Ready for a challenge, a group of manatees were seen trashing out with violent fury when a dog started paddling near them near Orange Beach, Alabama.
In an Instagram post from The Qualified Captain, a dog was swimming around in what looks like a bay area. However, he unexpectedly and quickly encountered the manatees. “That was wild! 3 manatees ‘flip’ out on the dog off of Orange Beach, AL…” the post reads. “The dog was ok!” The dog’s owner, Richard Taylor, also reassured on Facebook that everything was fine. “Flip was fine, just a little shaken up.”
According to Al.com, the video of the three manatees was shot just days after the Dauphin Island Sea Lab announced a new research study on the manatee population and movement ecology in Alabama. The research is notably being funded by the Alabama Center of Excellence. It will be under the RESTORE Act, which is proving funds for projects through the BP oil spill settlement from the 2010 Deepwater Horizon industrial disaster.
The media outlet further reports that the three manatees that encountered the dog were captured and given health assessments. They were also given floating satellite tags to locate them. The tags do track the creatures’ movements and migration routes once they leave the Orange Beach area. The three manatees were adult males and ranged from 9 to 11 feet. Of the three was a male named Clog. He was rescued in 2007 after being naturally stranded on a low tide near Tampa, Florida.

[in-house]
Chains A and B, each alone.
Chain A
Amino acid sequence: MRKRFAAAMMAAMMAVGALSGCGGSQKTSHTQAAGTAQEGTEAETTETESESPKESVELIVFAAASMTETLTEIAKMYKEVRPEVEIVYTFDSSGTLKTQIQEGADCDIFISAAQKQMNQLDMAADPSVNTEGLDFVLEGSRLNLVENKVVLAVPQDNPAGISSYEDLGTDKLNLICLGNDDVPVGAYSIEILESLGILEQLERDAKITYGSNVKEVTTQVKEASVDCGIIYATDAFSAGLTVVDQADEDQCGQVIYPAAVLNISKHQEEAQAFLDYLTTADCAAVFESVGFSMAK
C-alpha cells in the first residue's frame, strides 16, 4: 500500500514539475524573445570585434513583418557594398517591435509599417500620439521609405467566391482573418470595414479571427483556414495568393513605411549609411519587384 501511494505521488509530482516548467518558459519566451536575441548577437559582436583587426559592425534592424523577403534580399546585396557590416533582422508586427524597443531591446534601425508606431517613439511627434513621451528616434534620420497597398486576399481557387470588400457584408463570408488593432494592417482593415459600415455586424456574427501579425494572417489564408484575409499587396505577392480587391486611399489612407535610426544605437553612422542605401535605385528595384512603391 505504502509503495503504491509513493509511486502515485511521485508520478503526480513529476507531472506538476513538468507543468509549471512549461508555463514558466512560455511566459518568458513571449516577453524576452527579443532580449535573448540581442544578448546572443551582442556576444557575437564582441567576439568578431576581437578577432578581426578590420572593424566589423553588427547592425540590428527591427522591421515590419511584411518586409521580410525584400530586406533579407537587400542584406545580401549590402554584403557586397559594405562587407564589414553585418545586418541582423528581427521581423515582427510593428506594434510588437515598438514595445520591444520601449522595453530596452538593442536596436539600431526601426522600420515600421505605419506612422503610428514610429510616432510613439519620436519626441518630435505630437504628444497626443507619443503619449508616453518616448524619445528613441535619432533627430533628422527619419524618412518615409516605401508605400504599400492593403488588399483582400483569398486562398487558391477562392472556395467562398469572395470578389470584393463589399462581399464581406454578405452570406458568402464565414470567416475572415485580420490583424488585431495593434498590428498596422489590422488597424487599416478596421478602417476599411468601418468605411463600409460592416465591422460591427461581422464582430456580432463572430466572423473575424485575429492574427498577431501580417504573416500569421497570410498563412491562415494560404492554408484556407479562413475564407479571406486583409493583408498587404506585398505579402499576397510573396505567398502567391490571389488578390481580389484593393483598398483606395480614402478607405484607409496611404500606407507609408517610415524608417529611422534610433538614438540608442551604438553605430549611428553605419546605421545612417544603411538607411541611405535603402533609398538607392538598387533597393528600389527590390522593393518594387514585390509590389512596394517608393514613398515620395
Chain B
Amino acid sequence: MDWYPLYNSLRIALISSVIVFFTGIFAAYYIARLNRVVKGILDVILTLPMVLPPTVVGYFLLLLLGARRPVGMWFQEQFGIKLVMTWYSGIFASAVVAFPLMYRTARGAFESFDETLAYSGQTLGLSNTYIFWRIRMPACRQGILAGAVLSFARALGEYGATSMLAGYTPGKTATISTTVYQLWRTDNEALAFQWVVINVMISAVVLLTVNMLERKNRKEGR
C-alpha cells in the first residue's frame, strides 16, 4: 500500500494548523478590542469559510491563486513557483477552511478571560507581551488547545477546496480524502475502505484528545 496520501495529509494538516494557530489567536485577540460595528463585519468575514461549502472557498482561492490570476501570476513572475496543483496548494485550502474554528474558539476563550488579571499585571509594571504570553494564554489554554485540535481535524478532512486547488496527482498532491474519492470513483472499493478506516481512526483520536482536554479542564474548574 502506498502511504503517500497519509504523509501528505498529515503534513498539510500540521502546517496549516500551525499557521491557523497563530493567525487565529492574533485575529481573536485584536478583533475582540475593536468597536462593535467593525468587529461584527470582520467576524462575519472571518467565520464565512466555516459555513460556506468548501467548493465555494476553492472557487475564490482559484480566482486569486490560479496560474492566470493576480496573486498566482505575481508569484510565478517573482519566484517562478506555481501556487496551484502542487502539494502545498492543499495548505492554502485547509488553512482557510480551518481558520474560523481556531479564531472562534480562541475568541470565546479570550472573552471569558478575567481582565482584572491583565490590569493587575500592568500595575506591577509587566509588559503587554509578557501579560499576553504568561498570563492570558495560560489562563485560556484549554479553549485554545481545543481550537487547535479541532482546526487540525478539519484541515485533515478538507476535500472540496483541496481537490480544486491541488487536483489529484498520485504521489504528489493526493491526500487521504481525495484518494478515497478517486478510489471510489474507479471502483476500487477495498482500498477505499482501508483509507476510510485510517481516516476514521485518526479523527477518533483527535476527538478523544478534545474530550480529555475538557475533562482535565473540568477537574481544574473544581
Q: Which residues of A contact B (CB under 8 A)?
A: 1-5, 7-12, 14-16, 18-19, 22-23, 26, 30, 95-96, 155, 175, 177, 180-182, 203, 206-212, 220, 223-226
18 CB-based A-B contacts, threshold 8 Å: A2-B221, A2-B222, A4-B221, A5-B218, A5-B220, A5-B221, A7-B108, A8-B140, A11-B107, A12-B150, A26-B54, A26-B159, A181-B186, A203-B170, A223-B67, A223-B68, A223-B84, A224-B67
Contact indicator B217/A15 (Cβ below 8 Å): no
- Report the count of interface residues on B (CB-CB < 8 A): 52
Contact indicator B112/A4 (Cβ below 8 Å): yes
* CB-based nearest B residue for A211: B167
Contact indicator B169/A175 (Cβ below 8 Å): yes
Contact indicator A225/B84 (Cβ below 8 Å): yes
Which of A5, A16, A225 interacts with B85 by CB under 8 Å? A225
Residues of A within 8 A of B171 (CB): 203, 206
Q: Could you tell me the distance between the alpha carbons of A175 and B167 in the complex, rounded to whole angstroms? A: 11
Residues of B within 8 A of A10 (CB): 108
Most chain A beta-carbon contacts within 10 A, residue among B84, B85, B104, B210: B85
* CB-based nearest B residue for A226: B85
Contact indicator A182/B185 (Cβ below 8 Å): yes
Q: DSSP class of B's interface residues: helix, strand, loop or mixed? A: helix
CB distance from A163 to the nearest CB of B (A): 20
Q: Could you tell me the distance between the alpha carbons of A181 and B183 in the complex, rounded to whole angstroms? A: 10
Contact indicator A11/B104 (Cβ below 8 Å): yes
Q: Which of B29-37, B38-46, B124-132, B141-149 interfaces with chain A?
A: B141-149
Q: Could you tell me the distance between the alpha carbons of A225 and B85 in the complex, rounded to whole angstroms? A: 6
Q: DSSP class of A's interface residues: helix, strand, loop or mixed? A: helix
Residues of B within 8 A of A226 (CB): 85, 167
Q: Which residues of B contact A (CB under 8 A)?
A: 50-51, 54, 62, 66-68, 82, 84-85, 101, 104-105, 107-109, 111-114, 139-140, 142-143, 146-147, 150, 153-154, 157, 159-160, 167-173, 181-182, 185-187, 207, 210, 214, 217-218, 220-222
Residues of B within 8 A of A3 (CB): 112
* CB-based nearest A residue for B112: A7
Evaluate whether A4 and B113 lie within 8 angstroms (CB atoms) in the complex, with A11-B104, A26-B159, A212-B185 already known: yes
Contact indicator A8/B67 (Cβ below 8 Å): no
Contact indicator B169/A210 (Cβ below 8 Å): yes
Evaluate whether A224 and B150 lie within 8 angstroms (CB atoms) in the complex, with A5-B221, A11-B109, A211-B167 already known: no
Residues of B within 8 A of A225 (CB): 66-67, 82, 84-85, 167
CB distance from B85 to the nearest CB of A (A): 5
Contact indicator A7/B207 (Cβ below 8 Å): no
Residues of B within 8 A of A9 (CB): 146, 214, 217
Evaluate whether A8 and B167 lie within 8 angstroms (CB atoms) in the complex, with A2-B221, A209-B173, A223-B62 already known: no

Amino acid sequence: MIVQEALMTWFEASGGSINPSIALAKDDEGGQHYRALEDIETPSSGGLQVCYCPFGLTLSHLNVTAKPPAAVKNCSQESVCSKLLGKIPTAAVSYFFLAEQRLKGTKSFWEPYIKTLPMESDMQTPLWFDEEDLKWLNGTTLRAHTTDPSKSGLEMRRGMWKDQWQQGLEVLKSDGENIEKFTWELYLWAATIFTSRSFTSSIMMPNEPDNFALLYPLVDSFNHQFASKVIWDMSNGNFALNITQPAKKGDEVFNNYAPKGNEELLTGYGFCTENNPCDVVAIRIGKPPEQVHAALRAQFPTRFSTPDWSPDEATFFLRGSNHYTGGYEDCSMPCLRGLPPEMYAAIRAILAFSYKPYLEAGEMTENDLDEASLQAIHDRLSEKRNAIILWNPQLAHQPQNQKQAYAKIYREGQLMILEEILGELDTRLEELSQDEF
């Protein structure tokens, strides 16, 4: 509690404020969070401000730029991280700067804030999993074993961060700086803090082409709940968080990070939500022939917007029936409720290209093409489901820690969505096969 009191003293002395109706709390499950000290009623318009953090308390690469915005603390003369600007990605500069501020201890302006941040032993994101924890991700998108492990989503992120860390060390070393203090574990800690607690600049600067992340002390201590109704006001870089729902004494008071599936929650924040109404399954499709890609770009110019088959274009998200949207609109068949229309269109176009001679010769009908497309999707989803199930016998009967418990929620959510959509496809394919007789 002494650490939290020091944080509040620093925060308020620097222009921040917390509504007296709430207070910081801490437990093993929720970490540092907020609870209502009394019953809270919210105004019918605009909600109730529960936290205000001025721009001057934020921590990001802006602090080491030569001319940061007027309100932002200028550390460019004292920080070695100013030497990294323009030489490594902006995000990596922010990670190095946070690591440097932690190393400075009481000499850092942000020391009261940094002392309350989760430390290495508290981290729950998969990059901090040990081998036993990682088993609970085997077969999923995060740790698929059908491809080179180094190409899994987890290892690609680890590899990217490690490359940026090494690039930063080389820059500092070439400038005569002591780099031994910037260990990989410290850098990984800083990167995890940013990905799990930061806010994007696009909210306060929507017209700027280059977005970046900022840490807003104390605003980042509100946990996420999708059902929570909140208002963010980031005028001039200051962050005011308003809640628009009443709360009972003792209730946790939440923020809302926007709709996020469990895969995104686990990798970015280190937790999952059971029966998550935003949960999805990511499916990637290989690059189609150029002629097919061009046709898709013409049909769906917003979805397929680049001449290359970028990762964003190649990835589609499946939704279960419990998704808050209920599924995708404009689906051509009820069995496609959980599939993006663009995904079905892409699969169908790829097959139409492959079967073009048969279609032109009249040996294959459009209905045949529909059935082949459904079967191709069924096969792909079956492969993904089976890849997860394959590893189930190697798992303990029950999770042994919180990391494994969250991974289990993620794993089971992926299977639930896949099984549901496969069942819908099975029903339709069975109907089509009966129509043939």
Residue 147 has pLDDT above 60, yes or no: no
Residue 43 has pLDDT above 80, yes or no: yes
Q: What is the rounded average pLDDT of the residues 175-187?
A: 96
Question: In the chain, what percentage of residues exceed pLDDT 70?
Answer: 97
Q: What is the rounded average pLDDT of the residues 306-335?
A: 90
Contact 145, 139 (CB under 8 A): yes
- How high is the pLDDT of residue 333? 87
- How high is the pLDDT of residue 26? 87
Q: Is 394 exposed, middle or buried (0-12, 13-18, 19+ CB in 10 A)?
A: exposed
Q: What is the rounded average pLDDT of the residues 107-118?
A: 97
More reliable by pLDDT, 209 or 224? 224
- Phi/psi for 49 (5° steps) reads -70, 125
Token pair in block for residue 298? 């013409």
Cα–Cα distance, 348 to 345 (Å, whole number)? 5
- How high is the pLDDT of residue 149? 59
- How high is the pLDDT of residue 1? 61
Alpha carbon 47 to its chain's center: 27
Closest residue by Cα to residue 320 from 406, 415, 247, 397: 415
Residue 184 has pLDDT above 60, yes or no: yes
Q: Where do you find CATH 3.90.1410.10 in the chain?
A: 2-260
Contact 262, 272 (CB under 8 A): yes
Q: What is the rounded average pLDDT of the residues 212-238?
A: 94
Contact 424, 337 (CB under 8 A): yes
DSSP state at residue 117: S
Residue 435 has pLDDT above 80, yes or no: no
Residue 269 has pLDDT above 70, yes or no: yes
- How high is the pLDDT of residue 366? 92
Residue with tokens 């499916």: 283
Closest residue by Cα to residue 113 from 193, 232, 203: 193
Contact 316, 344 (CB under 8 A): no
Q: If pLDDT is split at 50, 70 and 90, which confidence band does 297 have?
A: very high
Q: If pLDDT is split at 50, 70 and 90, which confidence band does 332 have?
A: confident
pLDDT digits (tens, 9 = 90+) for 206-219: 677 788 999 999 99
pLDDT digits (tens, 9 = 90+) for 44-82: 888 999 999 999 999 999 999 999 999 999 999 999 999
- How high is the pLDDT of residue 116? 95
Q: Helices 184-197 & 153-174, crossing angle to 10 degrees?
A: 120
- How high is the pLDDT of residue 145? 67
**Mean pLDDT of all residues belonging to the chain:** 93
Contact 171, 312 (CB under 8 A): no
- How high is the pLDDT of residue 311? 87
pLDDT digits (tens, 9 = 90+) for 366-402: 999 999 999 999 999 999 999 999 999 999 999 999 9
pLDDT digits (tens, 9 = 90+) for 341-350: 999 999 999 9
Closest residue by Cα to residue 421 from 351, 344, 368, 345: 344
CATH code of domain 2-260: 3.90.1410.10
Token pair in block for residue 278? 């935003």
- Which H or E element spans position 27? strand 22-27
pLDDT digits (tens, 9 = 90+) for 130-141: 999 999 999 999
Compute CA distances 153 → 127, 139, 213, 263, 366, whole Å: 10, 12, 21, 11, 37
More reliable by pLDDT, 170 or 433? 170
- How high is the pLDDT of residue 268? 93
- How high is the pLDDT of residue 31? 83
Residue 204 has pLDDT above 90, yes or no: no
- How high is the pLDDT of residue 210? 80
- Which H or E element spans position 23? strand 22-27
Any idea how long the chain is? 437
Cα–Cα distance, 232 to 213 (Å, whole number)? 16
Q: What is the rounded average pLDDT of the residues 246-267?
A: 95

The Three Captured Manatees Had Scars From Previous Boat Propeller Injuries
Meanwhile, AL.com reports that the three manatees that were captured had multiple scars from previous boat propeller injuries. In a three-day study, researchers were able to observe up to nine of the creatures.
The media outlet does confirm there wasn’t any indication that the attacker of Flip was among the three manatees. There was also no indication that the attacking manatees had been tagged already. The Sea Lab has only tagged 14 “unique” manatees since 2009. The information from the tags helps provide details about where the creatures are regular. And also where they season in Alabama’s waters.
Ruth Carmichael, a senior marine science at the Dauphin Island Sea Lab and primary investigator of the research project, spoke to the media outlet about the data. “We are fortunate to have expert collaborators and local partners who are invested in the success of our research,” she explained. “From assessing basic health to the ongoing study of when and where manatees spend time and what resources they use on the Gulf Coast.”
The Sea Lab adds that Manatees are locally endangered animals. In 2009, the Western Indian Manatee was dubbed Alabama’s official marine mammal.